We’re approaching the halfway point of the 2017-18 NHL season, and there are a number of storylines that have arisen. One-time powerhouses, like the Blackhawks and defending 2-time Cup champion Penguins, are currently struggling to string wins together. The Avalanche are not quite the dumpster fire everyone predicted (as of this writing, they’re currently 25th in the league, so there). The Blues and Bolts are more or less running away with it in their respective conferences. Seattle has emerged as the next town to get an NHL team.
However, the current on-ice (and some off-ice) drama will likely be dwarfed by what could be a very eventful 2018 offseason. Here are a couple reasons why it could be the craziest offseason ever…and one reason why it might not.
A number of general managers working without a contract for next season in place.
According to Frank Provenzano at The Athletic, Ken Holland (DET), Lou Lamoriello (TOR), and Doug Armstrong (STL) are all in the final year of their respective contracts. According to Mike Russo, also of The Athletic, Cliff Fletcher is also working without a future contract.
What could this mean? Possibly nothing. STL has already begun talks with Armstrong, and we all know Lamoriello was more or less keeping the seat warm for someone else. But the situations in Minnesota and Detroit are a little more interesting. The Red Wings are currently sitting eight points out of a playoff spot, and while the Wild currently hold the last wild (no pun intended) card spot, they don’t look anything like the team that charged into the postseason with 106 points. Detroit and Minnesota are also the two oldest teams in the league. Both Holland and Fletcher are also two of the longest-tenured executives in the leagues, Holland the longest-tenured (since July of 1997) and Fletcher closing in on his first decade (May of 2009).
I’d be shocked if Holland were simply shown the door after such a long and successful tenure (three Stanley championships with him as the official GM, plus a streak of 25 consecutive playoff appearances that ended only last season). But I wouldn’t rule out the possibility that Holland gets bumped upstairs and someone new gets the official reins. As for Fletcher, I’m less confident in his chances if Minnesota doesn’t have a long playoff run to close out the year.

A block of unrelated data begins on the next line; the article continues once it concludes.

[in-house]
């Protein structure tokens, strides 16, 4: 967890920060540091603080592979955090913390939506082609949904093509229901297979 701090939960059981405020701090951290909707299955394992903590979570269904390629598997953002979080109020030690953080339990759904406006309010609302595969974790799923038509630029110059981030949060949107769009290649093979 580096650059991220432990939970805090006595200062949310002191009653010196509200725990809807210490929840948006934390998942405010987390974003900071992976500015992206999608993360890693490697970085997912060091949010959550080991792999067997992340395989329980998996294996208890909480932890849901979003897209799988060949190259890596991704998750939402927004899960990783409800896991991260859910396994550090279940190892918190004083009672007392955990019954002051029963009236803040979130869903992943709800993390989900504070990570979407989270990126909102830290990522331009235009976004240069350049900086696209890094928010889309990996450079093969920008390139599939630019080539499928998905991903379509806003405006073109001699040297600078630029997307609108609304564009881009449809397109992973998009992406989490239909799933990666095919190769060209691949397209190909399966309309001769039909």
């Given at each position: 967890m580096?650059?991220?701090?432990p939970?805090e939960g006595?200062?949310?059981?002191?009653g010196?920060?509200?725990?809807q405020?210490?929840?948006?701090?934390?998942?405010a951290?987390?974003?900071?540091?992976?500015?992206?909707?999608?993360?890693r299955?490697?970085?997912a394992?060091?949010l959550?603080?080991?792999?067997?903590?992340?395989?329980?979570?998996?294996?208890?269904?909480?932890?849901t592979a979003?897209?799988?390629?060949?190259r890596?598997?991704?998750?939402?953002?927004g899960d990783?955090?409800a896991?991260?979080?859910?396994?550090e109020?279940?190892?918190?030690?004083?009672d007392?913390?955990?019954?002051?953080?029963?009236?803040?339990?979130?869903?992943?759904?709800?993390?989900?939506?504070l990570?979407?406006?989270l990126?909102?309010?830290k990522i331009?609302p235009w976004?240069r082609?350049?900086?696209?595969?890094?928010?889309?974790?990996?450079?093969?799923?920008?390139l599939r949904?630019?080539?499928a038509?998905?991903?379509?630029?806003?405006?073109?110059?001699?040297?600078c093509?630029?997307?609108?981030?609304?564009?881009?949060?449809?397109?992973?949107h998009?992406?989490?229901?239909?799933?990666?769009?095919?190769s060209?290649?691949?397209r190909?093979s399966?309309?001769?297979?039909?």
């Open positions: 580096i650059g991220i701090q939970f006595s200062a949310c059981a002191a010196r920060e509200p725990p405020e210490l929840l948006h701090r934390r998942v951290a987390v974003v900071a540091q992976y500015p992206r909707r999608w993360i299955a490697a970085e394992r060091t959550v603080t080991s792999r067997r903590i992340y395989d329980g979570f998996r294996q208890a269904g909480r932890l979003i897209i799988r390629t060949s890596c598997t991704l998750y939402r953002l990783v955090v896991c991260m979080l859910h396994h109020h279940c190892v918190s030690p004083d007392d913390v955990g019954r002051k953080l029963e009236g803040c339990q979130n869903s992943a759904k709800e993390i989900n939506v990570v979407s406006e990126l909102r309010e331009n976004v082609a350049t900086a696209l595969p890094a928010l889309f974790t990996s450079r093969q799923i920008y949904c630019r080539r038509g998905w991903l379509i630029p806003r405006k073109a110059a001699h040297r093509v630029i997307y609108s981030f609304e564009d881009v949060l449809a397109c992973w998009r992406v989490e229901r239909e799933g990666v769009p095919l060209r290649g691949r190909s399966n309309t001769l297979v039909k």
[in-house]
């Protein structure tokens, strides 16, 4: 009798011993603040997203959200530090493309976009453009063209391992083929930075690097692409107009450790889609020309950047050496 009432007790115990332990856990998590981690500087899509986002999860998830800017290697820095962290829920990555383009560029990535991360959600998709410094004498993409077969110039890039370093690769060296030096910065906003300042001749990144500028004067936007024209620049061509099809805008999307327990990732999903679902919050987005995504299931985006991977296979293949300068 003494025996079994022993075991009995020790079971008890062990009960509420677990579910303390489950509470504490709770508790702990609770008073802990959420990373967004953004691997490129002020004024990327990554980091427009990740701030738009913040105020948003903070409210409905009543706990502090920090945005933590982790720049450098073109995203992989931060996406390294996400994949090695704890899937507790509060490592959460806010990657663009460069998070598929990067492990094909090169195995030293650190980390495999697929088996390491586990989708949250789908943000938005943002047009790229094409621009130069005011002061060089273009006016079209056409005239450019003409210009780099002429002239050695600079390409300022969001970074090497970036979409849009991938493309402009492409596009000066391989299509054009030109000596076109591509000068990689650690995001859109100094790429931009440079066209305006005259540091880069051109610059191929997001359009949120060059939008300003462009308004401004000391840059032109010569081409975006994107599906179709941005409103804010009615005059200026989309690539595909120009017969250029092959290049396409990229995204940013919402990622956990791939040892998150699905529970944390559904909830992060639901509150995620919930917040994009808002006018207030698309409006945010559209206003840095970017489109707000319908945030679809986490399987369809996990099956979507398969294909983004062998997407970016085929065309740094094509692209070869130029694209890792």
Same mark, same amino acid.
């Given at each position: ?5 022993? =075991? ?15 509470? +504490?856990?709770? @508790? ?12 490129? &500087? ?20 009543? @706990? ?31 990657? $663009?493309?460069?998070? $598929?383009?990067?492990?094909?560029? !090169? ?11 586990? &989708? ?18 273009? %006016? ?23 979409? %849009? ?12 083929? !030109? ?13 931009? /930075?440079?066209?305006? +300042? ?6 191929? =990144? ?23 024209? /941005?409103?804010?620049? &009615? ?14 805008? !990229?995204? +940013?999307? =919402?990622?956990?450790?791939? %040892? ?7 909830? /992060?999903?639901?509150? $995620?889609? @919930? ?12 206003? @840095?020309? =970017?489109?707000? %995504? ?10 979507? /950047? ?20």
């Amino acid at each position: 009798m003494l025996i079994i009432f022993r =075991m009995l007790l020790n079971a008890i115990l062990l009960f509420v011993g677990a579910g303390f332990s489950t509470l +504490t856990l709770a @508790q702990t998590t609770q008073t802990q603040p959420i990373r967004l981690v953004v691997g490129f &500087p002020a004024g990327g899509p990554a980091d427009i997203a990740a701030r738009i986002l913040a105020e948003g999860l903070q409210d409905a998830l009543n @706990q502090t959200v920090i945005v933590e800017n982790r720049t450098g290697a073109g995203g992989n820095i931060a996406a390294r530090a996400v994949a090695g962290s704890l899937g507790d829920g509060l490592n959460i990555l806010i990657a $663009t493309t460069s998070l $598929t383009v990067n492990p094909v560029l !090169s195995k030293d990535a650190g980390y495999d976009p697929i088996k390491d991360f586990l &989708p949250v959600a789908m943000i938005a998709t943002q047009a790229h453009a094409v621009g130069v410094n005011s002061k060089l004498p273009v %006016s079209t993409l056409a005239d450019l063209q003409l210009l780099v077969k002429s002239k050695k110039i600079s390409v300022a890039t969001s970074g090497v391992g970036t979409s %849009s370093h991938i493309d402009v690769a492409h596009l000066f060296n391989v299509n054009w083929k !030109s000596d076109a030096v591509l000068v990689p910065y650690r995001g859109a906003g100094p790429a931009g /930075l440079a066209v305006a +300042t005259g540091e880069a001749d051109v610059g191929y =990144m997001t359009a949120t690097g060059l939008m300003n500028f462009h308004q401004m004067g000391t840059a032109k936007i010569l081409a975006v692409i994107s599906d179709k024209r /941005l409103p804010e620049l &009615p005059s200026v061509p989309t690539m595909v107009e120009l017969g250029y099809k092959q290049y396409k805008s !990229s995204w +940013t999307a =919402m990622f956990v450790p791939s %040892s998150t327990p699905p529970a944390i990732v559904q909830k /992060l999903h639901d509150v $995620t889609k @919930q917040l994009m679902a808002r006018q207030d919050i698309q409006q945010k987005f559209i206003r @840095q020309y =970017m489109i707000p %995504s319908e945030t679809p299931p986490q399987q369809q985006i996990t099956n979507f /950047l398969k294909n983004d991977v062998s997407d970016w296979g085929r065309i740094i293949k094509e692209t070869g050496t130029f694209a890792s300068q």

And of course, there are some GMs whose contracts don’t expire at the end of this season who are in all kinds of hot water. Marc Bergevin and Pierre Dorion look primed to take the fall if the fortunes of the Habs and Sens don’t turn more favorably and soon.
Mind you, we saw the front offices of three NHL teams undergo major change last offseason so it’s not like turnover in the front office is unheard of. But I wonder if, with so many possible openings coupled with so many possible “free agent” executives, we might see unprecedented change.
Whatever the case, those organizations wishing to make changes had better make them before July 1, 2018 because…
The cap is going up. WAY up.
Let Pierre LeBrun tell you what’s going to happen in 2018:
One could swear Maple Leafs chairman and part-owner Larry Tanenbaum was wearing a perma-grin after leaving the Board of Governors meeting. Perhaps it had to do with the update from the league that the projected salary cap for next season will undergo its biggest jump in years, from the current $75 million to likely around $80 million.
Officially, the range the league gave was between $78 million and $82 million based on current revenue projections and depending on what the NHLPA wants to do with the five percent inflator/escalator clause.
That’s a lot of room to play with, especially for contenders who are struggling to fit their current rosters under the cap. It most definitely means a big payday for any players wishing to test the market next season, even if they don’t exactly have perennial All-Star numbers.
Couple this with a possible sea change of general managers and you have what could be a free-for-all the likes of which we haven’t seen in a while.
Of course there is one big reason why the offseason of 2018 might not be all that eventful.
A potentially lousy free agent class.
Right now, when it comes to free agents, all eyes are on New York–Brooklyn, specifically–to see what John Tavares ultimately decides to do. If he opts to test the market he will be hands-down the coveted player and will spark a bidding war the likes of which we haven’t seen in a good, long while. If he were truly seeking a deal to maximize his value, he’d go for it, for the very reasons stated above. But if he chooses to remain and sign long-term with the Islanders, then the relative value of this free agent class drops significantly.
While there will still be some interesting names, there won’t be any star players with the talent-level or relatively young age as Tavares. Unfortunately, with so many teams with so much cap space and so few quality players to choose from, you’re likely going to see a few deals comparable to these turkeys.
Or…and this would be the smarter play…teams hold onto their cap space and gear up for the 2019 free agent class, which could include Drew Doughty, Matt Duchene, Logan Couture, and some guy named Erik Karlsson, who recently went on record to say he won’t take the “hometown discount.”
So maybe the chaos won’t happen this year, maybe the real change happens in 2019, all in time for two other big events on the horizon in 2020, Seattle expansion and a possible lockout!
Regardless, we could be looking at a fairly dramatic 2018 offseason, one that sets the stage for a very eventful few years for the National Hockey League. While I hope most of the drama stays on the ice, there’s no denying that this will be a league worth watching even after the Stanley Cup is awarded at season’s end.